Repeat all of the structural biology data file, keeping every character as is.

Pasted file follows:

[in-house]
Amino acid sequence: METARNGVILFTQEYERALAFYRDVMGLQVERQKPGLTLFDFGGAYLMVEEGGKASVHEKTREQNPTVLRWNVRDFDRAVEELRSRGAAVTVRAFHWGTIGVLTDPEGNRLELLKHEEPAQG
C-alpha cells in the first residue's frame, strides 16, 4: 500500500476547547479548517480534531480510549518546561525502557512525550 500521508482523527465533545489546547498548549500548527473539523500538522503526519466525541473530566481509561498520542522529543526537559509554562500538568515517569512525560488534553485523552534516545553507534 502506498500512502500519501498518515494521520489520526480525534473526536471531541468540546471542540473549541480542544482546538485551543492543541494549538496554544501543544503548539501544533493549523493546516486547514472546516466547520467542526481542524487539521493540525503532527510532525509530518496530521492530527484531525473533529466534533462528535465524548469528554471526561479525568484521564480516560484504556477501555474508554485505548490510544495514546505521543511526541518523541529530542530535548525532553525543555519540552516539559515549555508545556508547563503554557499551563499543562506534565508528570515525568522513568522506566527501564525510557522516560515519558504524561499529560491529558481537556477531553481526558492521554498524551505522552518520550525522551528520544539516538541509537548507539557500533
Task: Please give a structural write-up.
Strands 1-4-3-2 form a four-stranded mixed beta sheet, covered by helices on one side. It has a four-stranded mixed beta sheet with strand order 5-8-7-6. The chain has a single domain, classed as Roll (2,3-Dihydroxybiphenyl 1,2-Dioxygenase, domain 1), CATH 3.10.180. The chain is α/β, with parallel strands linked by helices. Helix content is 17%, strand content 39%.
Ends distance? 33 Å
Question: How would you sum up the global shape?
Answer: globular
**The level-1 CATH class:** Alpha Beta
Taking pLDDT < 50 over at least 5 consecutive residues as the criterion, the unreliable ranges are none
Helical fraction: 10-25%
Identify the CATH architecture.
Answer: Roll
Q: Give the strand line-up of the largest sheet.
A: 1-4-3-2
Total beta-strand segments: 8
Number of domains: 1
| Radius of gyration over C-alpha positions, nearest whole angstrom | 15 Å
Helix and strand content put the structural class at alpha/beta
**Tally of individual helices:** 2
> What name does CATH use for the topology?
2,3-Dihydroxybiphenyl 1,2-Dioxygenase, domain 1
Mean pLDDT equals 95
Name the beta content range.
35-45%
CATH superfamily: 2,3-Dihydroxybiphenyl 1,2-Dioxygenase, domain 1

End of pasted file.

[in-house]
Amino acid sequence: METARNGVILFTQEYERALAFYRDVMGLQVERQKPGLTLFDFGGAYLMVEEGGKASVHEKTREQNPTVLRWNVRDFDRAVEELRSRGAAVTVRAFHWGTIGVLTDPEGNRLELLKHEEPAQG
C-alpha cells in the first residue's frame, strides 16, 4: 500500500476547547479548517480534531480510549518546561525502557512525550 500521508482523527465533545489546547498548549500548527473539523500538522503526519466525541473530566481509561498520542522529543526537559509554562500538568515517569512525560488534553485523552534516545553507534 502506498500512502500519501498518515494521520489520526480525534473526536471531541468540546471542540473549541480542544482546538485551543492543541494549538496554544501543544503548539501544533493549523493546516486547514472546516466547520467542526481542524487539521493540525503532527510532525509530518496530521492530527484531525473533529466534533462528535465524548469528554471526561479525568484521564480516560484504556477501555474508554485505548490510544495514546505521543511526541518523541529530542530535548525532553525543555519540552516539559515549555508545556508547563503554557499551563499543562506534565508528570515525568522513568522506566527501564525510557522516560515519558504524561499529560491529558481537556477531553481526558492521554498524551505522552518520550525522551528520544539516538541509537548507539557500533
Task: Please give a structural write-up.
Strands 1-4-3-2 form a four-stranded mixed beta sheet, covered by helices on one side. It has a four-stranded mixed beta sheet with strand order 5-8-7-6. The chain has a single domain, classed as Roll (2,3-Dihydroxybiphenyl 1,2-Dioxygenase, domain 1), CATH 3.10.180. The chain is α/β, with parallel strands linked by helices. Helix content is 17%, strand content 39%.
Ends distance? 33 Å
Question: How would you sum up the global shape?
Answer: globular
**The level-1 CATH class:** Alpha Beta
Taking pLDDT < 50 over at least 5 consecutive residues as the criterion, the unreliable ranges are none
Helical fraction: 10-25%
Identify the CATH architecture.
Answer: Roll
Q: Give the strand line-up of the largest sheet.
A: 1-4-3-2
Total beta-strand segments: 8
Number of domains: 1
| Radius of gyration over C-alpha positions, nearest whole angstrom | 15 Å
Helix and strand content put the structural class at alpha/beta
**Tally of individual helices:** 2
> What name does CATH use for the topology?
2,3-Dihydroxybiphenyl 1,2-Dioxygenase, domain 1
Mean pLDDT equals 95
Name the beta content range.
35-45%
CATH superfamily: 2,3-Dihydroxybiphenyl 1,2-Dioxygenase, domain 1